About Autism

Autism is also known as Autism Spectrum Disorder. There is a wide range of abilities and labels within this spectrum including Pervasive Developmental Disorders (PDD), Asperger Syndrome, Rett Syndrome, Childhood Disintegrative Disorder, and Pervasive Developmental Disorder, Not Otherwise Specified (PDD-NOS).

About 1 in 68 children has been identified with autism spectrum disorder (ASD) according to estimates from CDC’s Autism and Developmental Disabilities Monitoring (ADDM) Network. 

Children with autism have difficulty with social interaction and communication, and are prone to repetitive, obsessive behaviors that can be mild or severe. Parents are usually the first to question if something is wrong, as children with autism have difficulty making friends, maintaining a conversation, or interacting with other kids.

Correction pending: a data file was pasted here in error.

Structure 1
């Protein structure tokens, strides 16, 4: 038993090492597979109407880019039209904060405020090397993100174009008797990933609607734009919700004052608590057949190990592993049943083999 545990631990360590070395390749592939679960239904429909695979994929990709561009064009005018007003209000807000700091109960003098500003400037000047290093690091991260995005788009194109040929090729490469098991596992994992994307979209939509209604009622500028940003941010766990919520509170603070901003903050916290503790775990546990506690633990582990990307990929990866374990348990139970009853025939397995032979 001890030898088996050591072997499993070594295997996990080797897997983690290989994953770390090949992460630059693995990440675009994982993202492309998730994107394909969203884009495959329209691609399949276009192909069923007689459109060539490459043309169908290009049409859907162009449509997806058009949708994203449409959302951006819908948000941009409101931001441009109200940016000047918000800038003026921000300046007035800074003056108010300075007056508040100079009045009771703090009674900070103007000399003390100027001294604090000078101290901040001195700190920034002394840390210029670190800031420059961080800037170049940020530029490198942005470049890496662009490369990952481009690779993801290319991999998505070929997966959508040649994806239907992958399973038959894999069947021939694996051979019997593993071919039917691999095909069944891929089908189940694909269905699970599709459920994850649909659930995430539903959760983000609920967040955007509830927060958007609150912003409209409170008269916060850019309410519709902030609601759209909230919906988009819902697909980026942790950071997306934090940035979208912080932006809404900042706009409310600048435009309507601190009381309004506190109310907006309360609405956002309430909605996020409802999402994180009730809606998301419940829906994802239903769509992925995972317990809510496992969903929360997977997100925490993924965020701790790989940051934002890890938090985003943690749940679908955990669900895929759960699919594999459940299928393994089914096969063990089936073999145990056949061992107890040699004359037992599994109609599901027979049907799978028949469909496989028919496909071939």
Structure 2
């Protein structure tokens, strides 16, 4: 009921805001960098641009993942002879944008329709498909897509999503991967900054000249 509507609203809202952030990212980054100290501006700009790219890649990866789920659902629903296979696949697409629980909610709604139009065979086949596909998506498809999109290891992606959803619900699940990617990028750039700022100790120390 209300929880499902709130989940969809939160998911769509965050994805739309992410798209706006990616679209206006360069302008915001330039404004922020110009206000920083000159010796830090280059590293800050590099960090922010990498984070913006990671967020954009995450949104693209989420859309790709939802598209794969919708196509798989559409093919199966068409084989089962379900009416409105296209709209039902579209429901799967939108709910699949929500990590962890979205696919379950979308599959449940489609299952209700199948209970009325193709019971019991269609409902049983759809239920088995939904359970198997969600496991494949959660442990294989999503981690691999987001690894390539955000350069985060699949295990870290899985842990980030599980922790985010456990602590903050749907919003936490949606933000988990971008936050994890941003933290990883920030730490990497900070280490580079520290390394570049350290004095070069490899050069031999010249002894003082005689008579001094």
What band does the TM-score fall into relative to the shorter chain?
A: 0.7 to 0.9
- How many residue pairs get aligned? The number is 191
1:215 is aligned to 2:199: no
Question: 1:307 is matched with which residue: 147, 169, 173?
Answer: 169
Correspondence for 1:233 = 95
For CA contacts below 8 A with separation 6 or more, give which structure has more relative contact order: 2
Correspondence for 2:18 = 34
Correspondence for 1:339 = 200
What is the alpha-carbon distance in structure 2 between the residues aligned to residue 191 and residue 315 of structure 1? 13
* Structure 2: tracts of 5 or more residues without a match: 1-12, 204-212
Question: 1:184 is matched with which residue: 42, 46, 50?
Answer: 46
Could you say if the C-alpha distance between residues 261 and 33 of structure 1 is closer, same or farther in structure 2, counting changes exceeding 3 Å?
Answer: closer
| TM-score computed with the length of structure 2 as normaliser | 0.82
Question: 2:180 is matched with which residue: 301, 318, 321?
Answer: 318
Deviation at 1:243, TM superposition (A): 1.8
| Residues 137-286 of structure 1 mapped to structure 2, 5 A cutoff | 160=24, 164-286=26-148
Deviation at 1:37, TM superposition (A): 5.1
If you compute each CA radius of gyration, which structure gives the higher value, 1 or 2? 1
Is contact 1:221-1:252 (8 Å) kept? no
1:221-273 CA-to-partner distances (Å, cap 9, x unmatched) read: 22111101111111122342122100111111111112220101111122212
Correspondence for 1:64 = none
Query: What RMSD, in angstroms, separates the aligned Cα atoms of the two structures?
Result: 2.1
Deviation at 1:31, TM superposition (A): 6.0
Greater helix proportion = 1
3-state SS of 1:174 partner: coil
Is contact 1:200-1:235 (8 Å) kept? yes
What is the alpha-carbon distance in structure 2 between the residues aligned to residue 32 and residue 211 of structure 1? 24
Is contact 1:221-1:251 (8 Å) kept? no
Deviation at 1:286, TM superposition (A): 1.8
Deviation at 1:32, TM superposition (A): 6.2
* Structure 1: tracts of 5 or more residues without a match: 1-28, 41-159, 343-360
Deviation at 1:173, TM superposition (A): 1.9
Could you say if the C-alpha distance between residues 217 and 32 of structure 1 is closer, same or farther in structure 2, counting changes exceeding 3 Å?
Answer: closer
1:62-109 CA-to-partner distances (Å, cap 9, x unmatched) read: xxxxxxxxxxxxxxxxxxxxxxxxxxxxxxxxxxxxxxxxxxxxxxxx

Repetitive movements such as rocking or head-banging are common, and many children with autism refer to themselves by name rather than saying, “I’ or “me.” Some children with autism are extremely sensitive to sound, touch, or other sensory stimulation; others have a reduced sensitivity to pain.

The symptoms and etiologies vary widely, making diagnosis complex and highly individualized.